Can I go to jail for not paying child support? 27 Answers as of September 02, 2011

I was ordered to go to court for child support, if I quit my job would I go to jail?

Ask a Local Attorney. 100% Anonymous. Free Answers.

Free Case Evaluation by a Local Lawyer: Click here
Gonzalez Law Associates P.C.
Gonzalez Law Associates P.C. | Carlos Gonzalez
Yes, it may be possible... If the court finds that you willfully didn't pay support they can seek to incarcerate you.
Answer Applies to: New York
Replied: 9/2/2011
Meriwether & Tharp LLC
Meriwether & Tharp LLC | Patrick Meriwether
If the Court finds that you willfully violated a Court Order (i.e., not paying your child support), the Court can hold you in Contempt and order your incarceration until you "purge yourself" of the contempt by paying child support. Voluntarily quitting your job would not provide you with a defense to a Contempt of Court action.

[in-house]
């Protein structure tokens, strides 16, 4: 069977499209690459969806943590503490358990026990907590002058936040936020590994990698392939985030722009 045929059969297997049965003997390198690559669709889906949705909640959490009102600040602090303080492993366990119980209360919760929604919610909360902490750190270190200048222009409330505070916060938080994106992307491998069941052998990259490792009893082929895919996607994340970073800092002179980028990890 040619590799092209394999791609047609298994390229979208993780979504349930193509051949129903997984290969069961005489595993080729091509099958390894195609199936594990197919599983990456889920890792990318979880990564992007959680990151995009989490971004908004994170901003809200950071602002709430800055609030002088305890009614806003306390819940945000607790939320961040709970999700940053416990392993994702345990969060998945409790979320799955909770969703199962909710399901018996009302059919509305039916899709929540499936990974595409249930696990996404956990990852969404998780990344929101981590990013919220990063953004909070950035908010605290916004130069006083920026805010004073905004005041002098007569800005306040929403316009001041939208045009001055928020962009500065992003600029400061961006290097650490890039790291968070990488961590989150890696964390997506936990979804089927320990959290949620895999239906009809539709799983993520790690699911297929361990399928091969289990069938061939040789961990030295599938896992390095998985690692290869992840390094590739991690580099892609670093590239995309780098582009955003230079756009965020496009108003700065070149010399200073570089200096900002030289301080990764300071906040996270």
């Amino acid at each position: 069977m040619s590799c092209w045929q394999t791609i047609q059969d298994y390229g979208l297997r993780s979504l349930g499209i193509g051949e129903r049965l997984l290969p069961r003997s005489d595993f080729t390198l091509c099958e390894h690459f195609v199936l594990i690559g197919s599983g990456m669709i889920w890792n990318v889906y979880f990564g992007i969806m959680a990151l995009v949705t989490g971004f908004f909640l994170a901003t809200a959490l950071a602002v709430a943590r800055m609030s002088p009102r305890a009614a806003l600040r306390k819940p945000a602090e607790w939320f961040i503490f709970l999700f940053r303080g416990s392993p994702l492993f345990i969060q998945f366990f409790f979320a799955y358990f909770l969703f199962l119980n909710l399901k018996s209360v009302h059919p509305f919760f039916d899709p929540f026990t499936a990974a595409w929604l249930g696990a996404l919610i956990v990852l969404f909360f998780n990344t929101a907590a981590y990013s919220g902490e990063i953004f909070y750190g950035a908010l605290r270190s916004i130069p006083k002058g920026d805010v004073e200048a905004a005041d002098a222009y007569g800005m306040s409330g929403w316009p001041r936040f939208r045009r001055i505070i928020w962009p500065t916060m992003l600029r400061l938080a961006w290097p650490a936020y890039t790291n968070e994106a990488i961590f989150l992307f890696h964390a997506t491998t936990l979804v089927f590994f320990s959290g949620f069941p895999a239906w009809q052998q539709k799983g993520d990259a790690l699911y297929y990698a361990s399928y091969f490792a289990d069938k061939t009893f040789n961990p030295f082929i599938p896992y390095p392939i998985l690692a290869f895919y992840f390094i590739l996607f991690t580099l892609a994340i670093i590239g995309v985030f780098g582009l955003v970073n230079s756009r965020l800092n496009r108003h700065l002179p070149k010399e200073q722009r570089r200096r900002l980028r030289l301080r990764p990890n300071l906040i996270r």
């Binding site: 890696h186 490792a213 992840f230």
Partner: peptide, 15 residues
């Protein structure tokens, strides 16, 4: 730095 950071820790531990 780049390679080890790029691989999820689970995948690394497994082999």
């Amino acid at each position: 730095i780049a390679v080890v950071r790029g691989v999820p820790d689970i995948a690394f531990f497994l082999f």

Answer Applies to: Georgia
Replied: 8/30/2011
Reeves Law Firm, P.C.
Reeves Law Firm, P.C. | Roy L. Reeves
Yes you can. The Judge has a lot of discretion in this matter, you do not want to press the issue and by the way, going to jail does not forgive the support, it will still be due when you are released.
Answer Applies to: Texas
Replied: 8/30/2011
The Coyle Law Office
The Coyle Law Office | T. Andrew Coyle
You can go to jail if you fail to make court-ordered child support payments. If you lose your job, you can request to have the support amount lowered to account for your loss of income, but that is not automatic - you must request it in court. If you quit your job and the judge does not believe you had a good reason to do so, the court may not allow you to reduce your support payment - so you may want to take that into consideration prior to quitting.